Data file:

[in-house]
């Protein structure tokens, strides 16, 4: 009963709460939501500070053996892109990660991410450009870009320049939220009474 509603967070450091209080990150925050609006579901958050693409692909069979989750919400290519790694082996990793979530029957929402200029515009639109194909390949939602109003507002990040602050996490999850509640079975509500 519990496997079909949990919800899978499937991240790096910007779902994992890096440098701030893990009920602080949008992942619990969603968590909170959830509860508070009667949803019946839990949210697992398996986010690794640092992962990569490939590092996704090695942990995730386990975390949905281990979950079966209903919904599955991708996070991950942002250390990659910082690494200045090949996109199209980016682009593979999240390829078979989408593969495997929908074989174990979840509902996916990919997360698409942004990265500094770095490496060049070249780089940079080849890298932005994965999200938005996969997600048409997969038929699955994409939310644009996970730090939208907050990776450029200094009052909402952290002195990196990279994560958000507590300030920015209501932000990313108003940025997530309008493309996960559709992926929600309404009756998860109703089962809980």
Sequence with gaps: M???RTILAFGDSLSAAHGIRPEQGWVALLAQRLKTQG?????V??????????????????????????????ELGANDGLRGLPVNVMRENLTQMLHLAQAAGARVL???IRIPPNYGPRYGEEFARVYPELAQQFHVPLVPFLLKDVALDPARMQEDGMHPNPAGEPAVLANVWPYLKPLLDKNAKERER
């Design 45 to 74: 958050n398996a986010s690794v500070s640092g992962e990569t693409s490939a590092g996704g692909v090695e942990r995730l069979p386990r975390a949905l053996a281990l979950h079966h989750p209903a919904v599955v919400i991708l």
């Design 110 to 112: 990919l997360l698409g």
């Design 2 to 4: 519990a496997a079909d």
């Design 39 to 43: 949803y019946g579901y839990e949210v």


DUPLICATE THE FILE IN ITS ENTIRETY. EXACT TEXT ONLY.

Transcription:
[in-house]
């Protein structure tokens, strides 16, 4: 009963709460939501500070053996892109990660991410450009870009320049939220009474 509603967070450091209080990150925050609006579901958050693409692909069979989750919400290519790694082996990793979530029957929402200029515009639109194909390949939602109003507002990040602050996490999850509640079975509500 519990496997079909949990919800899978499937991240790096910007779902994992890096440098701030893990009920602080949008992942619990969603968590909170959830509860508070009667949803019946839990949210697992398996986010690794640092992962990569490939590092996704090695942990995730386990975390949905281990979950079966209903919904599955991708996070991950942002250390990659910082690494200045090949996109199209980016682009593979999240390829078979989408593969495997929908074989174990979840509902996916990919997360698409942004990265500094770095490496060049070249780089940079080849890298932005994965999200938005996969997600048409997969038929699955994409939310644009996970730090939208907050990776450029200094009052909402952290002195990196990279994560958000507590300030920015209501932000990313108003940025997530309008493309996960559709992926929600309404009756998860109703089962809980």
Sequence with gaps: M???RTILAFGDSLSAAHGIRPEQGWVALLAQRLKTQG?????V??????????????????????????????ELGANDGLRGLPVNVMRENLTQMLHLAQAAGARVL???IRIPPNYGPRYGEEFARVYPELAQQFHVPLVPFLLKDVALDPARMQEDGMHPNPAGEPAVLANVWPYLKPLLDKNAKERER
């Design 45 to 74: 958050n398996a986010s690794v500070s640092g992962e990569t693409s490939a590092g996704g692909v090695e942990r995730l069979p386990r975390a949905l053996a281990l979950h079966h989750p209903a919904v599955v919400i991708l």
């Design 110 to 112: 990919l997360l698409g």
């Design 2 to 4: 519990a496997a079909d």
């Design 39 to 43: 949803y019946g579901y839990e949210v």